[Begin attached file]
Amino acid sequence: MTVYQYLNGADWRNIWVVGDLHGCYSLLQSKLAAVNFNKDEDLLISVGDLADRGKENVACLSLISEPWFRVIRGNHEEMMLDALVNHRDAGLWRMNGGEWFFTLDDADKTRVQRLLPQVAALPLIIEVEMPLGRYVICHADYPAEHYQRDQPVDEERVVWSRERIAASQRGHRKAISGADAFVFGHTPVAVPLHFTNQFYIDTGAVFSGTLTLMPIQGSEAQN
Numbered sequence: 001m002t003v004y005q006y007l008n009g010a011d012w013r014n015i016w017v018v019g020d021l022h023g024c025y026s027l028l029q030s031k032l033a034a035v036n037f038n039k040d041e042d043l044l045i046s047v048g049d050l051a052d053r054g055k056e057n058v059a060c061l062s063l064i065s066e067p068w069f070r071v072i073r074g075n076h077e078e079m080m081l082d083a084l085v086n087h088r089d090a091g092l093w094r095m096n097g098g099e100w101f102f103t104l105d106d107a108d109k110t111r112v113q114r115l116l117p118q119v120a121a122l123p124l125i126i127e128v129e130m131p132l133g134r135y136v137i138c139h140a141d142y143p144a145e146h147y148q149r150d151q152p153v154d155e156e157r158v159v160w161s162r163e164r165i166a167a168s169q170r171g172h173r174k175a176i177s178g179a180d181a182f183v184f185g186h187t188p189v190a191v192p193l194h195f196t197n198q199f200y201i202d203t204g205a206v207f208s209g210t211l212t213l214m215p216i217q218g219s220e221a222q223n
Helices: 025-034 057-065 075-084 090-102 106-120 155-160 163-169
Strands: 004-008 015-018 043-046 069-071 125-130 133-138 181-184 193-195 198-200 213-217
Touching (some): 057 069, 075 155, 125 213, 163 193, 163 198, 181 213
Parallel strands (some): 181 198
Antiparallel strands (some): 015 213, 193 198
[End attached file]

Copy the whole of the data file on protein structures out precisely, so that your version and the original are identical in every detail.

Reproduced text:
Amino acid sequence: MTVYQYLNGADWRNIWVVGDLHGCYSLLQSKLAAVNFNKDEDLLISVGDLADRGKENVACLSLISEPWFRVIRGNHEEMMLDALVNHRDAGLWRMNGGEWFFTLDDADKTRVQRLLPQVAALPLIIEVEMPLGRYVICHADYPAEHYQRDQPVDEERVVWSRERIAASQRGHRKAISGADAFVFGHTPVAVPLHFTNQFYIDTGAVFSGTLTLMPIQGSEAQN
Numbered sequence: 001m002t003v004y005q006y007l008n009g010a011d012w013r014n015i016w017v018v019g020d021l022h023g024c025y026s027l028l029q030s031k032l033a034a035v036n037f038n039k040d041e042d043l044l045i046s047v048g049d050l051a052d053r054g055k056e057n058v059a060c061l062s063l064i065s066e067p068w069f070r071v072i073r074g075n076h077e078e079m080m081l082d083a084l085v086n087h088r089d090a091g092l093w094r095m096n097g098g099e100w101f102f103t104l105d106d107a108d109k110t111r112v113q114r115l116l117p118q119v120a121a122l123p124l125i126i127e128v129e130m131p132l133g134r135y136v137i138c139h140a141d142y143p144a145e146h147y148q149r150d151q152p153v154d155e156e157r158v159v160w161s162r163e164r165i166a167a168s169q170r171g172h173r174k175a176i177s178g179a180d181a182f183v184f185g186h187t188p189v190a191v192p193l194h195f196t197n198q199f200y201i202d203t204g205a206v207f208s209g210t211l212t213l214m215p216i217q218g219s220e221a222q223n
Helices: 025-034 057-065 075-084 090-102 106-120 155-160 163-169
Strands: 004-008 015-018 043-046 069-071 125-130 133-138 181-184 193-195 198-200 213-217
Touching (some): 057 069, 075 155, 125 213, 163 193, 163 198, 181 213
Parallel strands (some): 181 198
Antiparallel strands (some): 015 213, 193 198